Alright, 3 years ago I had an absolute blast directing “The Briefcase” and it gave me the opportunity to collaborate with a ridiculously fantastic group of people. It is now on DVD and you can find it at Wal-Mart, Target, iTunes, Amazon, my house, osirisent.com, and in the not too distant future Netflix. I’d like to thank everyone who worked on it and I can not be more grateful for their hard work and inspiration. I’m incredibly proud of the product as it’s exactly as weird, goofy, and vulgar as it’s suppose to be. As an added bonus, heres the “director’s statement” I always liked, but was never used.
Iʼm Jason Krawczyk and I directed the cinematic debacle known as “The Briefcase.” When I was asked to write a directors statement, my immediate response was “Whatʼs a directorʼs statement?” After googling “Directorʼs Statement” I realized that a “directorʼs statement” is not to explain the ﬁlm, or to tell you how interesting it was to make, or even why itʼs worth watching. The whole purpose of the “Directorʼs Statement” is to apologize to everyone who helped make it possible. Here we go.
I apologize to Keith (Dan) and Kip (Jason) for handcufﬁng them together for an entire movie. I apologize to Lou Sumrall (Hobo) for designing a character whom wears a parka in April. I apologize to Eric Billman (Director of Photography) for adding all those wacky mask cuts. I apologize to Scott Lazar (Assistant Director) for making an action packed crime thiller comedy with little budget and no time. I apologize to Kenneth Simmons (Jay) for having him be dead on the ground throughout the finale. I apologize to Charlie Rowe (Script Supervisor) for adding a ridiculous amount of spilt screens. I apologize to Neal Bellinger (Marketing Manager) for coming up with an unmarketable title. I apologize to any vegetarians on set (there were a lot of slim jims). I apologize to James LeSage for having to hang out with me in a room dark room for two months. I apologize to Nathan Cohen (Prop Master) for having to apply jagged and unruly handcuffs to two perfectly nice people. I apologize to Nashawn Kearse (Silk) for continually injuring the only black character in the entire movie. And I apologize for not adding the rest of the crew with the infinite amount of apologizes they deserve for their hard work, passion, and support.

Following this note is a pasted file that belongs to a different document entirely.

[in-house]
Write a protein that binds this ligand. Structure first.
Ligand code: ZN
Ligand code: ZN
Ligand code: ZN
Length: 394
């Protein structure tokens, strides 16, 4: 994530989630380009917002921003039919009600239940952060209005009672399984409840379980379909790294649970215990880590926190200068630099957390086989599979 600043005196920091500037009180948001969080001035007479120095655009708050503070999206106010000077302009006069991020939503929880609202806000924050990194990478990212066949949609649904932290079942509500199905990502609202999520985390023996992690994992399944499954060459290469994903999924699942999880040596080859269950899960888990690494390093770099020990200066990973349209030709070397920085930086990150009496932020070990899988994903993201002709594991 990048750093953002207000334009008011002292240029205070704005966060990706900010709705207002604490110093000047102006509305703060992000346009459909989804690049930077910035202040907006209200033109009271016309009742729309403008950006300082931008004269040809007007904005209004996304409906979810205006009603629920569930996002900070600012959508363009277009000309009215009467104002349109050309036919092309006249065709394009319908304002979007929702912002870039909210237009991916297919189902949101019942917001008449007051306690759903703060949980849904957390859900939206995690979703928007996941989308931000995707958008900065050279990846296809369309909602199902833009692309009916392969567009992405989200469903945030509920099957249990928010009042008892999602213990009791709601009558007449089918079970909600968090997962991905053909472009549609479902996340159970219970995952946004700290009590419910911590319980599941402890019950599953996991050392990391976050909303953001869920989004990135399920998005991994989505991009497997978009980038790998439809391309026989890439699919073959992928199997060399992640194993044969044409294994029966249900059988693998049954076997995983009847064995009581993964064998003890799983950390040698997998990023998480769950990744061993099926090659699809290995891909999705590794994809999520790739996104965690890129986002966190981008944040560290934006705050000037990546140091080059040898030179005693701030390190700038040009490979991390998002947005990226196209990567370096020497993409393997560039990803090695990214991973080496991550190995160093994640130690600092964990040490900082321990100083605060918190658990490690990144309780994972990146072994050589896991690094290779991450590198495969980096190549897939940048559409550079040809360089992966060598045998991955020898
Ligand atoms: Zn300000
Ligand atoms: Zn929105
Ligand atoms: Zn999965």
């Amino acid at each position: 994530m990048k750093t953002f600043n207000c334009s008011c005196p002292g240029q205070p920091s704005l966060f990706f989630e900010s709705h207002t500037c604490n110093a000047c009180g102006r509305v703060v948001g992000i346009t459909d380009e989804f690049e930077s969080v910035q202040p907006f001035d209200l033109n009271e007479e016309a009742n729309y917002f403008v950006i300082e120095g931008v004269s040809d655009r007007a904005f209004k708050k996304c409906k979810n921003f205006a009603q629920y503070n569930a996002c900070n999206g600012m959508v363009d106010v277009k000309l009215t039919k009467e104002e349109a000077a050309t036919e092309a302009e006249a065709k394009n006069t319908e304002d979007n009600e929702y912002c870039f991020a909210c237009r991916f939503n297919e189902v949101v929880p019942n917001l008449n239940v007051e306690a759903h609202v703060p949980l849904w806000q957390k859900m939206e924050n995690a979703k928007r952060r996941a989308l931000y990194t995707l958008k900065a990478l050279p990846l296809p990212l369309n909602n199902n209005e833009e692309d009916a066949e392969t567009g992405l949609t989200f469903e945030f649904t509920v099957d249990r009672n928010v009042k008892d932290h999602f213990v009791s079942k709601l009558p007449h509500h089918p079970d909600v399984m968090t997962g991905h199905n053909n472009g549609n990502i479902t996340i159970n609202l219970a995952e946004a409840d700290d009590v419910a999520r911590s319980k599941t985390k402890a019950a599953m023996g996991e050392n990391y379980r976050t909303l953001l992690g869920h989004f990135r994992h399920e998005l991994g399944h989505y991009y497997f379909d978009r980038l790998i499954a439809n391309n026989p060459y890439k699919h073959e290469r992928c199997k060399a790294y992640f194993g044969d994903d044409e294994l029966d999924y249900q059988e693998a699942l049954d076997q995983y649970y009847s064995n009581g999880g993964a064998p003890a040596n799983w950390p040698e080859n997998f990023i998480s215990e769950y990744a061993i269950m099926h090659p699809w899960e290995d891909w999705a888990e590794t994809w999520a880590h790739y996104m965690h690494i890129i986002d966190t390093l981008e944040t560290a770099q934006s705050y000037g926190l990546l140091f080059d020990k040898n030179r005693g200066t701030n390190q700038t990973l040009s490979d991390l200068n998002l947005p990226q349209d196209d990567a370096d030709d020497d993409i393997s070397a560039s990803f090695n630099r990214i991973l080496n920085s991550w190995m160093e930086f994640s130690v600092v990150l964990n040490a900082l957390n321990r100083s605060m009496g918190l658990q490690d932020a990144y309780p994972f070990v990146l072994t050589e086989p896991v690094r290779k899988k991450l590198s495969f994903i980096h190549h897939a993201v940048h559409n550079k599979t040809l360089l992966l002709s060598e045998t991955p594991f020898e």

Filmmaking is the ultimate collaborative art form. It’s a culmination of a diverse group of artists for one 90 minute goal. It’s ridiculous. Months upon years of work can go into a movie and the end result is a minuet fraction of the work put in. So much can go wrong. In every stage of filmmaking there are endless possibilities for disaster. So many variables just waiting to crash and burn. But it could also be said that filmmaking is nothing but endless potential. As many things as there are to go wrong, there are` an equal amount of amazing things that can happen. I like to believe that the latter happened during “The Briefcase.” Everyone worked to their fullest, but more importantly they worked with each other. I would like to thank the entire crew for what they’ve done. They were beyond stupendous. I’m just a director. I mediate the artists and their potential. Ultimately, I just steal their good ideas and blame them for their poor ones. And that’s why I love directing.
Thank you if you’re still reading this and I hope you like the movie.”